It’s been said that the one command God gives us in the Bible more than any other is ‘be not afraid.’ And yet, we live in a society where fear is constantly used to manipulate us. Fear is used to motivate us to vote a certain way or to buy a certain product. Fear is everywhere.
And even in the church, fear is rampant. One of the big questions being debated at this year’s General Convention is whether to meet as one house instead of two. Currently Convention meets as two houses (the House of Deputies, which is made up of clergy and laity and the House of Bishops). Curiously, as one reads the various arguments against moving to a unicameral system, appeals to fear are common. Specifically, many seem to be afraid of the undue influence of bishops.
On the one hand, we can acknowledge the real pain of fear that comes from lived experiences of inappropriate behavior by bishops. However, it also seems unfair to assume that negative past experiences will always continue into the future. We know that the United Methodist Church and the Church of England have found constructive ways to meet together as one body.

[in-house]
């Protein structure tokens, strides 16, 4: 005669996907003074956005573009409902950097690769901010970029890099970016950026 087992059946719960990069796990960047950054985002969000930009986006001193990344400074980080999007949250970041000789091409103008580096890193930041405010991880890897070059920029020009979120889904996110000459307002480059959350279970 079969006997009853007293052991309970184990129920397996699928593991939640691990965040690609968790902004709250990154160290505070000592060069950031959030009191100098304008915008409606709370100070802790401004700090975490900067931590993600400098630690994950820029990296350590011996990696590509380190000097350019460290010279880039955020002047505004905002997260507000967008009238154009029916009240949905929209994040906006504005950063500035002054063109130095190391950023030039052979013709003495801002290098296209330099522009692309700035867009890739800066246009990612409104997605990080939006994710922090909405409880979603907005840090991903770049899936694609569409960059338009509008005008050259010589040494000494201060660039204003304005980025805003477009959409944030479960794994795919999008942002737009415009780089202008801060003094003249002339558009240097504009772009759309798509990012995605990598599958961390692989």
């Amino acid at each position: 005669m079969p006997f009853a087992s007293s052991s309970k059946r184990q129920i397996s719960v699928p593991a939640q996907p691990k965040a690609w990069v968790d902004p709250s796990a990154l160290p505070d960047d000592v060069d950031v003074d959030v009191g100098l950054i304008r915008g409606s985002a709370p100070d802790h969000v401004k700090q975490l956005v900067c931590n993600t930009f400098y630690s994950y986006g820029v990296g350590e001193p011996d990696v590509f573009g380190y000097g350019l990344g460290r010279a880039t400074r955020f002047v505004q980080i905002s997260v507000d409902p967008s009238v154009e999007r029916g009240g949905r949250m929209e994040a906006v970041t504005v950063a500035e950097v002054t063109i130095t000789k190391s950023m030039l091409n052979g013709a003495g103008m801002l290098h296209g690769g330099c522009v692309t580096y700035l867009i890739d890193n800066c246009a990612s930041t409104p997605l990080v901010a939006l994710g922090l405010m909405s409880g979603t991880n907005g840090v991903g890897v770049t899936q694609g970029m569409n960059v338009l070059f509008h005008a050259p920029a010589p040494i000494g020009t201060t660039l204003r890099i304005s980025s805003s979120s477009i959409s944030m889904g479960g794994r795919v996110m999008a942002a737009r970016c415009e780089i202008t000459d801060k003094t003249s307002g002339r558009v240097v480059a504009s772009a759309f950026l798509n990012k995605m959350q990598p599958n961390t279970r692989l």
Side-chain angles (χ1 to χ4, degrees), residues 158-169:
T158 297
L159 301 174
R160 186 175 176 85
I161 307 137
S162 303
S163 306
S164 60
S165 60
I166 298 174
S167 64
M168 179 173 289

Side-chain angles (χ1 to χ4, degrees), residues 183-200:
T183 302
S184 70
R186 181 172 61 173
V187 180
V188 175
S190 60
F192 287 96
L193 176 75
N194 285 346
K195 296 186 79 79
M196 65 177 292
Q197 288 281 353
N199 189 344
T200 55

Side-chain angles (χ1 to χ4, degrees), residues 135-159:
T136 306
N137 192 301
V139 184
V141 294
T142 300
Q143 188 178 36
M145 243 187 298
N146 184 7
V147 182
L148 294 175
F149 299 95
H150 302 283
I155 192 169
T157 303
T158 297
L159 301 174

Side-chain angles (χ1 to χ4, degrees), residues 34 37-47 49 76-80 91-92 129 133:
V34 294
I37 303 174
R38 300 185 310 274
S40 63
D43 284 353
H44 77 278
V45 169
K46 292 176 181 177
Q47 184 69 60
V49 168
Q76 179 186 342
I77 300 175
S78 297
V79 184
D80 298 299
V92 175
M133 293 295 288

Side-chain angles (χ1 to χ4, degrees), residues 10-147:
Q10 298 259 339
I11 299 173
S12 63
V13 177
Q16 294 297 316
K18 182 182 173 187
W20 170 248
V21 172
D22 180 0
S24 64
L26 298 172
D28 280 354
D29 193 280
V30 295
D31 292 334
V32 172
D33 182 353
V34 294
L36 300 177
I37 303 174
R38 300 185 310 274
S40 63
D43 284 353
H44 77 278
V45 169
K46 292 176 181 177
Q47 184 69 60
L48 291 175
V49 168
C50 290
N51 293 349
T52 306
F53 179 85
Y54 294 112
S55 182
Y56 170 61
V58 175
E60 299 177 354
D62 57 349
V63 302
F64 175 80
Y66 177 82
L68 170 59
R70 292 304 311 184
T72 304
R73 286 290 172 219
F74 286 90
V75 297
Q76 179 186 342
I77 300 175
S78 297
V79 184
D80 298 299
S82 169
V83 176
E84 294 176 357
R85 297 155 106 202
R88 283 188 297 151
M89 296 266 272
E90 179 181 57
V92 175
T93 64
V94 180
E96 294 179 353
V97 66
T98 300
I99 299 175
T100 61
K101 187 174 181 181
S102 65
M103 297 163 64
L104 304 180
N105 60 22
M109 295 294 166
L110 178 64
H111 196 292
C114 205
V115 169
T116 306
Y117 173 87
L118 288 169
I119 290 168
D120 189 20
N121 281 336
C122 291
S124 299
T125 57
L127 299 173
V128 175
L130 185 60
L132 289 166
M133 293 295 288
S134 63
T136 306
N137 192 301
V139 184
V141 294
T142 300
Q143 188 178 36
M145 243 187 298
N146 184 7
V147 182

Alongside all the anxieties of what a unicameral legislature might bring, there is also hope. Many have hope that this new system will not only be more efficient, but might also lead to greater reconciliation between groups and leaders who have sometimes been at odds. There is hope that we might learn to work together as we deliberate the future of the Episcopal Church.
And yet, saying our only options are fear or hope seems a bit naive. Sometimes fears are rightly founded. We know what we are afraid of. Yet, at the same time, we have the ability to make choices so that we are not ruled by our fears. In his book Following Jesus in a Culture of Fear, Scott Bader-Saye says that in order to do so, we need courage. “Courage is the capacity to do what is right and good in the face of fear. We become courageous when we learn to live for something that is more important than our own safety.”
Let us hope and trust that the good news of God in Christ, as this Church has received it, may continue to be shared in the future. This is the one thing that surely matters more than our safety. May God give us courage in making decisions about a unicameral legislature, and in all the questions that come before General Convention.